The authors have declared that no competing interests exist.
Genomewide association study (GWAS) aims to discover genetic factors underlying phenotypic traits. The large number of genetic factors poses both computational and statistical challenges. Various computational approaches have been developed for large scale GWAS. In this chapter, we will discuss several widely used computational approaches in GWAS. The following topics will be covered: (1) An introduction to the background of GWAS. (2) The existing computational approaches that are widely used in GWAS. This will cover singlelocus, epistasis detection, and machine learning methods that have been recently developed in biology, statistic, and computer science communities. This part will be the main focus of this chapter. (3) The limitations of current approaches and future directions.
The background of Genomewide association study (GWAS).
The existing computational approaches that are widely used in GWAS. This will cover singlelocus, epistasis detection, and machine learning methods.
The limitations of current approaches and future directions.
With the advancement of genotyping technology, genomewide highdensity single nucleotide polymorphisms (SNPs) of human and other organisms are now available
Genomewide association study is an interdiscipline problem of biology, statistics and computer science
A human genome contains over 3 billion DNA base pairs. There are four possible nucleotides at each base in the DNA: adenine (A), guanine (G), thymine (T), and cytosine (C). In some locations in the genome, a genetic variation may be found which involves two or more nucleotides across different individuals. These genetic variations are known as
More formally, let
In the remainder of the chapter, we will first discuss the singlelocus methods. We will then study epistasis detection (multilocus) approaches which are designed for association studies of complex traits. For epistasis detection, we will mainly focus on exact twolocus association mapping methods.
As the rapid development of highthroughput genotyping technology, millions of SNPs are now available for genomewide association studies. Singlelocus association test is a traditional way for association studies. Specifically, for each SNP, a statistical test is performed to evaluate the association between the SNP and the phenotype. A variety of tests can be applied depending on the data types. The phenotype involved in a study can be casecontrol (binary), quantitative (continuous), or categorical. We categorize the statistical tests based on what kind of phenotypes they can be applied on.
Let
In a casecontrol study, the phenotype can be represented as a binary variable with 0 representing controls and 1 representing cases.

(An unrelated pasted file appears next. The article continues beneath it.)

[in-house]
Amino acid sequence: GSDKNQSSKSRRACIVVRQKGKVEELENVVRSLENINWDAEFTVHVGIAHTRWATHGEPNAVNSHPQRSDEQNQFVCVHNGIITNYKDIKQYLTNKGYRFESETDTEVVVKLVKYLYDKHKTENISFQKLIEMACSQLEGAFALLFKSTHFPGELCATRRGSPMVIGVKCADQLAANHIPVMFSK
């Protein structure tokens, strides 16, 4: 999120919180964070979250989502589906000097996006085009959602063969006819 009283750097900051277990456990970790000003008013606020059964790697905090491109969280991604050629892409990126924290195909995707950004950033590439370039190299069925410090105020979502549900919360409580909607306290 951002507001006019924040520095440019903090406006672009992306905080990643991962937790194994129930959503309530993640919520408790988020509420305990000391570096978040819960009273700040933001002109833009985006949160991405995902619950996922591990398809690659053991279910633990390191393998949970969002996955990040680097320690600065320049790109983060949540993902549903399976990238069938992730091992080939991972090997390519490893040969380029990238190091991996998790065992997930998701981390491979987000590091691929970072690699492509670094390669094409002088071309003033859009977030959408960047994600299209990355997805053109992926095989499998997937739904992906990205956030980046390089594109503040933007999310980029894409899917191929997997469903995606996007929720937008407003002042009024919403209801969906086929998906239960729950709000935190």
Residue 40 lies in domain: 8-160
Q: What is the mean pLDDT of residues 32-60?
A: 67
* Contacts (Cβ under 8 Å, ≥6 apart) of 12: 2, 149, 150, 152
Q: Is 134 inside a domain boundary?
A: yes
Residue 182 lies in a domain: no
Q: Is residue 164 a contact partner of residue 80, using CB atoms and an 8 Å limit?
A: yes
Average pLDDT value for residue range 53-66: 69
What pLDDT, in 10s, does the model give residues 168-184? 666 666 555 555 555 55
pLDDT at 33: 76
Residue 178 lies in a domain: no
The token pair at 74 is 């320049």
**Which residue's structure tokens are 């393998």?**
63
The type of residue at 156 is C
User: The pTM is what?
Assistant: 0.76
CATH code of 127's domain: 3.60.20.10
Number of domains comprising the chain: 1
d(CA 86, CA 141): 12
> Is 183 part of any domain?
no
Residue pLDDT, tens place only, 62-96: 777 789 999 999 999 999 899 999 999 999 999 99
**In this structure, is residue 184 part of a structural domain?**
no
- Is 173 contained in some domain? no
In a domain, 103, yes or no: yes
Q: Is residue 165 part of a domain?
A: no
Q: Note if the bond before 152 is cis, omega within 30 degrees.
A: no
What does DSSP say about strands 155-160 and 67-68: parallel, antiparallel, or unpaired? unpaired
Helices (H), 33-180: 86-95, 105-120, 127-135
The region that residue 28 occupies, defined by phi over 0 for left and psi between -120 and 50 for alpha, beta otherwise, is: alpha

A contingency table records the frequencies of different events.



Totals  















Many tests can be used to assess the significance of the association between a single SNP and a binary phenotype. The test statistics are usually based on the contingency table. The null hypothesis is that there is no association between the rows and columns of the contingency table.
Pearson's
The value of the test statistic is
Gtest is an approximation of the loglikelihood ratio. The test statistic is
The null hypothesis is that the observed frequencies result from random sampling from a distribution with the given expected frequencies. The distribution of G is approximately that of
When the sample size is small, the Fisher exact test is useful to determine the significance of the association. The pvalue of the test is the probability of the contingency table given the fixed margins. The probability of obtaining such values in
For complex traits, contributions to disease risk from SNPs are widely considered to be roughly additive. In other words, the heterozygous alleles will have an intermediate risk between two homozygous alleles. CochranArmitage test can be used in this case
There is no overall winner of the introduced tests. CochranArmitage test may not be the best if the risks are deviated from the additive model. Meanwhile,
In addition to casecontrol phenotypes, many complex traits are quantitative. This type of study is also often referred to as the quantitative trait locus (QTL) analysis. The standard tools for testing the association between a single marker and a continuous outcome are analysis of variance (ANOVA) and linear regression.
The Ftest in oneway analysis of variance is used to assess whether the expected values of a quantitative variable within several predefined groups differ from each other.
For each SNP
The total sum of squares (SST) can be divided into two parts, the betweengroup sum of squares (SSB) and the withingroup sum of squares (SSW):
In the linear regression model, a leastsquares regression line is fit between the phenotype values and the genotype values
We have the sums of squares as follows:
To achieve least squares, the estimator of
In a typical GWAS, the test needs to be performed many times. We should pay attention to a statistical issue known as the multiple testing problem. In the remainder of this section, we will discuss the multiple testing problem and how to effectively control error rate in GWAS.